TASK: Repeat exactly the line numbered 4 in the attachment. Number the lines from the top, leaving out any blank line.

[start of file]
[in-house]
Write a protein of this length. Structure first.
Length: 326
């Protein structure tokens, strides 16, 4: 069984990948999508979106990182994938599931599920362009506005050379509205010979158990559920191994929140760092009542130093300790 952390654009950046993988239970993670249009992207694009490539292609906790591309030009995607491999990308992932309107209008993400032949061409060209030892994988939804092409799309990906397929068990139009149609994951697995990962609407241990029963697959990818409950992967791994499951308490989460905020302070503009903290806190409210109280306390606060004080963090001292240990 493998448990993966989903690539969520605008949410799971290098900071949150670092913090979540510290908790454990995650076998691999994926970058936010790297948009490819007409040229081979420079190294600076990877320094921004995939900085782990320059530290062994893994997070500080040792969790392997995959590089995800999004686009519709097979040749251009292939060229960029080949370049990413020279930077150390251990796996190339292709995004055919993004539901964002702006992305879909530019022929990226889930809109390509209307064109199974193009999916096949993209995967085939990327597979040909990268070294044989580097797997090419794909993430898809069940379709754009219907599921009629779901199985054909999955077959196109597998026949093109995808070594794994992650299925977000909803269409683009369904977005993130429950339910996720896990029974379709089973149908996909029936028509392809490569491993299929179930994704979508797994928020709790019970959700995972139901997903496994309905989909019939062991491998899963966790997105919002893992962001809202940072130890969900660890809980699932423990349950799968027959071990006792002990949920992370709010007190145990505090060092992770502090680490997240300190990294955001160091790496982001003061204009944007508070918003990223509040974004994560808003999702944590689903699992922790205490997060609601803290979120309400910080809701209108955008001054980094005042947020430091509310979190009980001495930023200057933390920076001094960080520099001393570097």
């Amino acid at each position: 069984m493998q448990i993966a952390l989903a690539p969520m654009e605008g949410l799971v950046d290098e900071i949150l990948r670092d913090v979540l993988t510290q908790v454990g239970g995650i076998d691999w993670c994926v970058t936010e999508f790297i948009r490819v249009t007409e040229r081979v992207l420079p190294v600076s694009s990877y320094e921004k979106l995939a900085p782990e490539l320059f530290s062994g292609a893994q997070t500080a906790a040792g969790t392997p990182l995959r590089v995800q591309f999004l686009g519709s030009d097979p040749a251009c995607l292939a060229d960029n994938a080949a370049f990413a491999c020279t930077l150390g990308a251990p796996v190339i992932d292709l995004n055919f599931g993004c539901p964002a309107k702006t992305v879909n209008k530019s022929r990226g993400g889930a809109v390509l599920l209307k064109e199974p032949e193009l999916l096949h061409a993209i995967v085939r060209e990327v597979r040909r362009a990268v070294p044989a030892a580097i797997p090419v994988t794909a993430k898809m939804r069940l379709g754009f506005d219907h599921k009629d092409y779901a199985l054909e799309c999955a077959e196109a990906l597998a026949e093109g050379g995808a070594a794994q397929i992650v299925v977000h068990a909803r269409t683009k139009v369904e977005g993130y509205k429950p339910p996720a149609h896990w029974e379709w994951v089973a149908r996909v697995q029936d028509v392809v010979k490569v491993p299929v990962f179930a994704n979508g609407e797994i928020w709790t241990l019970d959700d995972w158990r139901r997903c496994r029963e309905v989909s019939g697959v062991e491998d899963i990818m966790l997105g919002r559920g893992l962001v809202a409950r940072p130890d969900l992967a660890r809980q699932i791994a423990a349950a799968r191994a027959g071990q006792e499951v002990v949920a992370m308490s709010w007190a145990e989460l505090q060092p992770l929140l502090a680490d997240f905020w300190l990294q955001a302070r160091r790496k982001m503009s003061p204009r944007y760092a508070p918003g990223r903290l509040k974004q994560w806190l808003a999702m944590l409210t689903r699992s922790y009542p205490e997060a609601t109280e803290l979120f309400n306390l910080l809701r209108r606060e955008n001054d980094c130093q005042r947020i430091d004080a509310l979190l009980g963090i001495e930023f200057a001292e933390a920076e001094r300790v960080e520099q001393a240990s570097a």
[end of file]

């Protein structure tokens, strides 16, 4: 069984990948999508979106990182994938599931599920362009506005050379509205010979158990559920191994929140760092009542130093300790 952390654009950046993988239970993670249009992207694009490539292609906790591309030009995607491999990308992932309107209008993400032949061409060209030892994988939804092409799309990906397929068990139009149609994951697995990962609407241990029963697959990818409950992967791994499951308490989460905020302070503009903290806190409210109280306390606060004080963090001292240990 493998448990993966989903690539969520605008949410799971290098900071949150670092913090979540510290908790454990995650076998691999994926970058936010790297948009490819007409040229081979420079190294600076990877320094921004995939900085782990320059530290062994893994997070500080040792969790392997995959590089995800999004686009519709097979040749251009292939060229960029080949370049990413020279930077150390251990796996190339292709995004055919993004539901964002702006992305879909530019022929990226889930809109390509209307064109199974193009999916096949993209995967085939990327597979040909990268070294044989580097797997090419794909993430898809069940379709754009219907599921009629779901199985054909999955077959196109597998026949093109995808070594794994992650299925977000909803269409683009369904977005993130429950339910996720896990029974379709089973149908996909029936028509392809490569491993299929179930994704979508797994928020709790019970959700995972139901997903496994309905989909019939062991491998899963966790997105919002893992962001809202940072130890969900660890809980699932423990349950799968027959071990006792002990949920992370709010007190145990505090060092992770502090680490997240300190990294955001160091790496982001003061204009944007508070918003990223509040974004994560808003999702944590689903699992922790205490997060609601803290979120309400910080809701209108955008001054980094005042947020430091509310979190009980001495930023200057933390920076001094960080520099001393570097």